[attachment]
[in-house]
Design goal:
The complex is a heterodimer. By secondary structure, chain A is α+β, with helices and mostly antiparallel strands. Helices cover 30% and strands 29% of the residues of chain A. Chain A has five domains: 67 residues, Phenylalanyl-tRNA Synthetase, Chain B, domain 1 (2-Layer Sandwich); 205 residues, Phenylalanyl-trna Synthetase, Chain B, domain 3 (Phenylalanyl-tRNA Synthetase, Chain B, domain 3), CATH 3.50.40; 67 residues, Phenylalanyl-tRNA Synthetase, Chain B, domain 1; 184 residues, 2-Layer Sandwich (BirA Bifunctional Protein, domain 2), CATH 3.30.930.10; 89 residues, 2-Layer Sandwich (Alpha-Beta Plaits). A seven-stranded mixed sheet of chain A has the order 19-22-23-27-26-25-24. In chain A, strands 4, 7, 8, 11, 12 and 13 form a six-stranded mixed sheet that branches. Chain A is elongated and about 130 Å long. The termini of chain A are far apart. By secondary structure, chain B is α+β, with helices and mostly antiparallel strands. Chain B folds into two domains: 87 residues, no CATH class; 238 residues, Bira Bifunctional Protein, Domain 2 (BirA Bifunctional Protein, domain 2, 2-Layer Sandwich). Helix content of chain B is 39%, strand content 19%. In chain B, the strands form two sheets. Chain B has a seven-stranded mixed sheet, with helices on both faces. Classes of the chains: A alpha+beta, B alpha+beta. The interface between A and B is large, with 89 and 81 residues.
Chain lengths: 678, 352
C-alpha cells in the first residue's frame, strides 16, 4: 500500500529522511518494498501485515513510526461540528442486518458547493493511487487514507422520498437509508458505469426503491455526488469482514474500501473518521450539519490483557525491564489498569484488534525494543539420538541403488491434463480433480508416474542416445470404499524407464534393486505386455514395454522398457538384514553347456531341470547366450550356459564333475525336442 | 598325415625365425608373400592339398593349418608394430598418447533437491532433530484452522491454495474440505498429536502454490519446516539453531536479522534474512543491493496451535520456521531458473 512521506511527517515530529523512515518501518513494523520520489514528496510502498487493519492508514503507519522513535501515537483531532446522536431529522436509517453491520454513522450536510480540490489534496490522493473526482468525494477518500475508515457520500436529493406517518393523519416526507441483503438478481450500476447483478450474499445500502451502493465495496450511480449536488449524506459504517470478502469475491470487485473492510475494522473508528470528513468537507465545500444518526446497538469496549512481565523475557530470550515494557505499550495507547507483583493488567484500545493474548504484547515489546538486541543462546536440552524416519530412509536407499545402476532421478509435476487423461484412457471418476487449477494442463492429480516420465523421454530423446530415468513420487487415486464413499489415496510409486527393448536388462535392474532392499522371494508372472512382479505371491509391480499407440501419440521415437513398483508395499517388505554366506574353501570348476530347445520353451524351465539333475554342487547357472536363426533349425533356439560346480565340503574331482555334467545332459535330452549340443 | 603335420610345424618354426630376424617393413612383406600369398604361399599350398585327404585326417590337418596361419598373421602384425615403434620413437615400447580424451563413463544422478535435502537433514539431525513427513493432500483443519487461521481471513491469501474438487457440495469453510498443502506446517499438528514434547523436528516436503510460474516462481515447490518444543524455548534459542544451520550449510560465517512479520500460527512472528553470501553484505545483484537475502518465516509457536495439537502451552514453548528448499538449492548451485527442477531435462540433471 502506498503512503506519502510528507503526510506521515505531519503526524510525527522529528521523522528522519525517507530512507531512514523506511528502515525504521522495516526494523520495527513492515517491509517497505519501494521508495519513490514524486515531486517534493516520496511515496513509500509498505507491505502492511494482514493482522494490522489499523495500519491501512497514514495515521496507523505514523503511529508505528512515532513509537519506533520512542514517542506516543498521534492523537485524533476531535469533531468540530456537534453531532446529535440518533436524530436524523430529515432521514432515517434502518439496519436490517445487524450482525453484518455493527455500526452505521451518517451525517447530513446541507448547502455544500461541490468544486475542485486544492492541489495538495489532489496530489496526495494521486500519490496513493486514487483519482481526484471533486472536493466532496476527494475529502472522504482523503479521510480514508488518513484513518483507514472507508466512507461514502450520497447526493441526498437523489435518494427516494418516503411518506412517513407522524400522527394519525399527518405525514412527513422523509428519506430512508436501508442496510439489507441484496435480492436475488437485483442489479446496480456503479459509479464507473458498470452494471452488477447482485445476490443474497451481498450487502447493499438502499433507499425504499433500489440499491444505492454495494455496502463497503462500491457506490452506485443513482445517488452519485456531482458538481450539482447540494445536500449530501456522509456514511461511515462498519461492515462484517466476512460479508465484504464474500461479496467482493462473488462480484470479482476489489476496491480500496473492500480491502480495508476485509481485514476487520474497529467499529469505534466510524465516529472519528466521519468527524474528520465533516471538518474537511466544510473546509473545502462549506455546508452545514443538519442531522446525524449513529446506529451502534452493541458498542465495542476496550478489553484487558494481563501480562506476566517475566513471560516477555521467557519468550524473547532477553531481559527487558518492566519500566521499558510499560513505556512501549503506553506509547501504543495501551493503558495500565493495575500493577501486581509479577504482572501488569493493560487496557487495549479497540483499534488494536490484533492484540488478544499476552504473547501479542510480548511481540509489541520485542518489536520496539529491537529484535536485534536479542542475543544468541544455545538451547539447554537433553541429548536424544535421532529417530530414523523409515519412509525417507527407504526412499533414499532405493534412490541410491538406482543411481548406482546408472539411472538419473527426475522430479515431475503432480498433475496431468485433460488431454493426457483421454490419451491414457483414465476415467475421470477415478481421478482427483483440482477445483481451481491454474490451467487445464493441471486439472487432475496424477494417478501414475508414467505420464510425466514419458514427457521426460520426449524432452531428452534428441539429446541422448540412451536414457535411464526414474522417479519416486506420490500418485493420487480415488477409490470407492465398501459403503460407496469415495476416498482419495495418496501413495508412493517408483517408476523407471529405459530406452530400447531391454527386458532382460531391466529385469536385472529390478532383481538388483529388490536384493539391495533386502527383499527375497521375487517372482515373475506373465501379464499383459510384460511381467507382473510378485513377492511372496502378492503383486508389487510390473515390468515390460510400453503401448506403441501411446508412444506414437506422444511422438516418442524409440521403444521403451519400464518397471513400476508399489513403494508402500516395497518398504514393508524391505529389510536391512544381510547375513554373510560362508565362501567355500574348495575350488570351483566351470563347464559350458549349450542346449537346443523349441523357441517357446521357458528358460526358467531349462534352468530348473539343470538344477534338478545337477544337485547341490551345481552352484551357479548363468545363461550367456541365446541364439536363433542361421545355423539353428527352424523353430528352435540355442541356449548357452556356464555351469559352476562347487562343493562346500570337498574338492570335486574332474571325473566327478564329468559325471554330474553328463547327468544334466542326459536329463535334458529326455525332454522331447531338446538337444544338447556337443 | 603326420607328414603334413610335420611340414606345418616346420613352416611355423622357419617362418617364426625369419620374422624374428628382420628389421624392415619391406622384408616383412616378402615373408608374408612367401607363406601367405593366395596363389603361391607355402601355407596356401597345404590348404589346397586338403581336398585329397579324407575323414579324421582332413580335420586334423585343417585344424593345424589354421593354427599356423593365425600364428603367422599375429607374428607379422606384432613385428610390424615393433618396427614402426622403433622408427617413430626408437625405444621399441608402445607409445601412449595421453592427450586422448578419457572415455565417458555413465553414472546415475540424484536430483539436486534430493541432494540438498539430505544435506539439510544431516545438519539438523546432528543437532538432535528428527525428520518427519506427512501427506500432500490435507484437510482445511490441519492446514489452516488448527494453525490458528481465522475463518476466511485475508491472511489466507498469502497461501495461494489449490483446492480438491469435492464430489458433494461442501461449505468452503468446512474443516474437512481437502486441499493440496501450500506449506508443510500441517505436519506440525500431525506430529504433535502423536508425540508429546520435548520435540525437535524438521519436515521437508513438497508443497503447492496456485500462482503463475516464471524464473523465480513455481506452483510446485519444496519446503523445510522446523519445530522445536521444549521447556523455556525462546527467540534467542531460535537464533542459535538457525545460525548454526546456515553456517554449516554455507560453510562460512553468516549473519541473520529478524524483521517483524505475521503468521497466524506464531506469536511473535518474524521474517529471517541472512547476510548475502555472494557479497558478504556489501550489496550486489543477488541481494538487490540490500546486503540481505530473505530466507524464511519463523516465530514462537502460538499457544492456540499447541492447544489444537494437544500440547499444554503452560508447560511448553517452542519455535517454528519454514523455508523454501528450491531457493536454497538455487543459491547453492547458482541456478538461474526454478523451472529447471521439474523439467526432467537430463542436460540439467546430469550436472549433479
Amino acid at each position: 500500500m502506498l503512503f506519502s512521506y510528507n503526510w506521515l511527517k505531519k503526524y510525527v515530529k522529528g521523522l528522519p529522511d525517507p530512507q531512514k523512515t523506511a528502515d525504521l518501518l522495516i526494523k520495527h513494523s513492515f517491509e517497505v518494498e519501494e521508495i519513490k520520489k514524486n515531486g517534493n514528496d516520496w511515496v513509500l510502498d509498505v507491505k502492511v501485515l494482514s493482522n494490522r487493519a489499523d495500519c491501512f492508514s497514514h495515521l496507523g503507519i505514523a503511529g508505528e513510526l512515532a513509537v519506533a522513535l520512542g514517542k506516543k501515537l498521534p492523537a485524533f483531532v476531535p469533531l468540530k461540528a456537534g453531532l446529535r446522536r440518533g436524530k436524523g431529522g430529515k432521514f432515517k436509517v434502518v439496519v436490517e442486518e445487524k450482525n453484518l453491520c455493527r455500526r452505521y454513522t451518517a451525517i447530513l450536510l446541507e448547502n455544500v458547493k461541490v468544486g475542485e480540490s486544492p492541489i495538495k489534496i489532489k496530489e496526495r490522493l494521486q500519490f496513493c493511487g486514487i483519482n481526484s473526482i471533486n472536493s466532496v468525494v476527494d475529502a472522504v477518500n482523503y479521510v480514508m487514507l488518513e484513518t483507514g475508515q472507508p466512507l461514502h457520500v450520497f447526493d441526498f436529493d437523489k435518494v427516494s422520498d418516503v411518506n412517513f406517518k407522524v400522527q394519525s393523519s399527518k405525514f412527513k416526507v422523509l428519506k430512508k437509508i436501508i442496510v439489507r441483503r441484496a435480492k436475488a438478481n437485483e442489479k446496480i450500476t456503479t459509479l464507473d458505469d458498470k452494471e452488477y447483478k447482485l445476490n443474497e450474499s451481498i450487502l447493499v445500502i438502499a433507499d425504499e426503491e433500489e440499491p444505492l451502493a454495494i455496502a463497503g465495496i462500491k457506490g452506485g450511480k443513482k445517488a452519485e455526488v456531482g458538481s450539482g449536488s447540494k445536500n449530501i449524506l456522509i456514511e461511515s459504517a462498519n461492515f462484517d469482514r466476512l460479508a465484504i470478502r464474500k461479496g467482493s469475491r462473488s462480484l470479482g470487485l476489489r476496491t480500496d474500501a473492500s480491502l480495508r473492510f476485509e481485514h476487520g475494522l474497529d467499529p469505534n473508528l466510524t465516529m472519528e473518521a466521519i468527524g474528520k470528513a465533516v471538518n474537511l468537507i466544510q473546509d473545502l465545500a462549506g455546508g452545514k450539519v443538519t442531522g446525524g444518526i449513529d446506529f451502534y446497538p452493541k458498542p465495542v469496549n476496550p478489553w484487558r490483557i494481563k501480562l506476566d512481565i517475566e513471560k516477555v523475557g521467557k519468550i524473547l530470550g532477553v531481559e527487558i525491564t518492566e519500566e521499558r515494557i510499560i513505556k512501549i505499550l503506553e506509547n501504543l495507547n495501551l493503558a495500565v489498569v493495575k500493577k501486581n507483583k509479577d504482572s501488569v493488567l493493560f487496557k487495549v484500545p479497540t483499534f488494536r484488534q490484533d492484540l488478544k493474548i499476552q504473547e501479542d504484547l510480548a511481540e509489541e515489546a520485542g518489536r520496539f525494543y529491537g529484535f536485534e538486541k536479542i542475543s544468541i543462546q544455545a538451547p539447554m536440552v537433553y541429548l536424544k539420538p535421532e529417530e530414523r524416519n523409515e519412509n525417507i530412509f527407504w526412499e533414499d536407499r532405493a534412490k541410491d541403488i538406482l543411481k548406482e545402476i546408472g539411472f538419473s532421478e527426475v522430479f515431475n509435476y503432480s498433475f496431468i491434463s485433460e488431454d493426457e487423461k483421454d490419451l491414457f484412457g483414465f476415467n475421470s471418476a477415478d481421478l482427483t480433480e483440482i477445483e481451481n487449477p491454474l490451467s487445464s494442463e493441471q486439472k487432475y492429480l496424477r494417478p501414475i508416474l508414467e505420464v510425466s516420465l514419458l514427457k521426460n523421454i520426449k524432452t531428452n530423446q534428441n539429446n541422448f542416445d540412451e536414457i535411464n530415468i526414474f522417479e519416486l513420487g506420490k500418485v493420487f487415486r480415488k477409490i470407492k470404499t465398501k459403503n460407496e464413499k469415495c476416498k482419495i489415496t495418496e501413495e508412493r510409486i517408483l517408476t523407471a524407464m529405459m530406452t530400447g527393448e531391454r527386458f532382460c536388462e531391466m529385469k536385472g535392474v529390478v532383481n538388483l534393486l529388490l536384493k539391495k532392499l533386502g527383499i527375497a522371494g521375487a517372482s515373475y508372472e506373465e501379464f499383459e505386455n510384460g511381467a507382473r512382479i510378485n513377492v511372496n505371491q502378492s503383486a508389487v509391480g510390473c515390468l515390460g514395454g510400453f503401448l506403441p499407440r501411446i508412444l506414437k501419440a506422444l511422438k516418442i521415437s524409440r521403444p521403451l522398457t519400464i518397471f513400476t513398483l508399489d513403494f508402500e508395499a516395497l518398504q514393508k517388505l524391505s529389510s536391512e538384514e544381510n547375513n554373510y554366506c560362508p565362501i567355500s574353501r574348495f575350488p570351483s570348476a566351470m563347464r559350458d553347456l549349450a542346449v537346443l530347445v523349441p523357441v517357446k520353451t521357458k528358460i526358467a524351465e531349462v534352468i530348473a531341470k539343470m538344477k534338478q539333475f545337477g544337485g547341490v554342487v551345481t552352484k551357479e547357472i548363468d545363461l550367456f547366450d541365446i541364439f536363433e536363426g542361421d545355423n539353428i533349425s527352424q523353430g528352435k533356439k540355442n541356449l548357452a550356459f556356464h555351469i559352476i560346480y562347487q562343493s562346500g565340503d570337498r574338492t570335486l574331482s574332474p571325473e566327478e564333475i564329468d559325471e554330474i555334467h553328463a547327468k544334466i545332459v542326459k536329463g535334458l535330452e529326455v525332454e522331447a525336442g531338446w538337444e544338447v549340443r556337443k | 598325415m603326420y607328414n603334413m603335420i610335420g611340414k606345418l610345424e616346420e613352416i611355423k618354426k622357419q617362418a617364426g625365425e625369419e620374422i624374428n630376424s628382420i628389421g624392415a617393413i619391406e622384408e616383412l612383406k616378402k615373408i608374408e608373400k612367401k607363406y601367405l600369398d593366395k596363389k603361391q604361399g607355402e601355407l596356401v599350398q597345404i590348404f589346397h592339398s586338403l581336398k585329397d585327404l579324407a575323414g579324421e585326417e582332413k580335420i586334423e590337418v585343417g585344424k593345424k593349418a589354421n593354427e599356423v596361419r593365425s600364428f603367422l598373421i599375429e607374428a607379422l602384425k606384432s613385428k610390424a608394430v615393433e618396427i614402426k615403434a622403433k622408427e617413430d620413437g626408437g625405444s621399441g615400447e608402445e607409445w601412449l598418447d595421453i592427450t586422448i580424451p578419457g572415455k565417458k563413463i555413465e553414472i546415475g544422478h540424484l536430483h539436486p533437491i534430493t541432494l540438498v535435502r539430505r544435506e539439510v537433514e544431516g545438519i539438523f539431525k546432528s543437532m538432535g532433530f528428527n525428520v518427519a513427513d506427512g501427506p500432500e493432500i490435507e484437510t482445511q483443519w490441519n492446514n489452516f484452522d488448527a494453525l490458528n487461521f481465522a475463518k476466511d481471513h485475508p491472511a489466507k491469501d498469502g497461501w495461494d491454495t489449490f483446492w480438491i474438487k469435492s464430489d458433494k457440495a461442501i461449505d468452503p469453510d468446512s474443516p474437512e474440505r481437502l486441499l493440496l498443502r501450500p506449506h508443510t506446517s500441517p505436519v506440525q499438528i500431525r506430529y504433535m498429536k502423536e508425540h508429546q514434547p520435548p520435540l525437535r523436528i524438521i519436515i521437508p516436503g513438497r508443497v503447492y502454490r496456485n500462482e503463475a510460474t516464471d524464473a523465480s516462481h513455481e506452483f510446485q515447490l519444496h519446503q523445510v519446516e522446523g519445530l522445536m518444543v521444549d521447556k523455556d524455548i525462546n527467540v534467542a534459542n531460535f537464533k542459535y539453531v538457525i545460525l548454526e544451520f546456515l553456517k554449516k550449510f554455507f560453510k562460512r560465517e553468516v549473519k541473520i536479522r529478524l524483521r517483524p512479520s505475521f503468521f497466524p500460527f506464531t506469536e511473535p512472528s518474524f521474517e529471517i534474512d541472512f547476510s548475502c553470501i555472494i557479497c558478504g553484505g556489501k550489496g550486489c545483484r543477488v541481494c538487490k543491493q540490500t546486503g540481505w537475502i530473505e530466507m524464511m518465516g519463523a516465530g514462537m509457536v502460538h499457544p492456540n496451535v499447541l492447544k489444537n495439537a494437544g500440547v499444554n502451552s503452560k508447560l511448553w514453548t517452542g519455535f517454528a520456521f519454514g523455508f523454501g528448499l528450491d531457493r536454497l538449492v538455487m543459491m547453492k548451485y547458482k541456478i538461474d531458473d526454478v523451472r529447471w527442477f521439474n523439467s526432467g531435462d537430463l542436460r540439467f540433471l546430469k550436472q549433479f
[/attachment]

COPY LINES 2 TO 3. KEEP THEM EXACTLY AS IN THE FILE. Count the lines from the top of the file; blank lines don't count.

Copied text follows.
Design goal:
The complex is a heterodimer. By secondary structure, chain A is α+β, with helices and mostly antiparallel strands. Helices cover 30% and strands 29% of the residues of chain A. Chain A has five domains: 67 residues, Phenylalanyl-tRNA Synthetase, Chain B, domain 1 (2-Layer Sandwich); 205 residues, Phenylalanyl-trna Synthetase, Chain B, domain 3 (Phenylalanyl-tRNA Synthetase, Chain B, domain 3), CATH 3.50.40; 67 residues, Phenylalanyl-tRNA Synthetase, Chain B, domain 1; 184 residues, 2-Layer Sandwich (BirA Bifunctional Protein, domain 2), CATH 3.30.930.10; 89 residues, 2-Layer Sandwich (Alpha-Beta Plaits). A seven-stranded mixed sheet of chain A has the order 19-22-23-27-26-25-24. In chain A, strands 4, 7, 8, 11, 12 and 13 form a six-stranded mixed sheet that branches. Chain A is elongated and about 130 Å long. The termini of chain A are far apart. By secondary structure, chain B is α+β, with helices and mostly antiparallel strands. Chain B folds into two domains: 87 residues, no CATH class; 238 residues, Bira Bifunctional Protein, Domain 2 (BirA Bifunctional Protein, domain 2, 2-Layer Sandwich). Helix content of chain B is 39%, strand content 19%. In chain B, the strands form two sheets. Chain B has a seven-stranded mixed sheet, with helices on both faces. Classes of the chains: A alpha+beta, B alpha+beta. The interface between A and B is large, with 89 and 81 residues.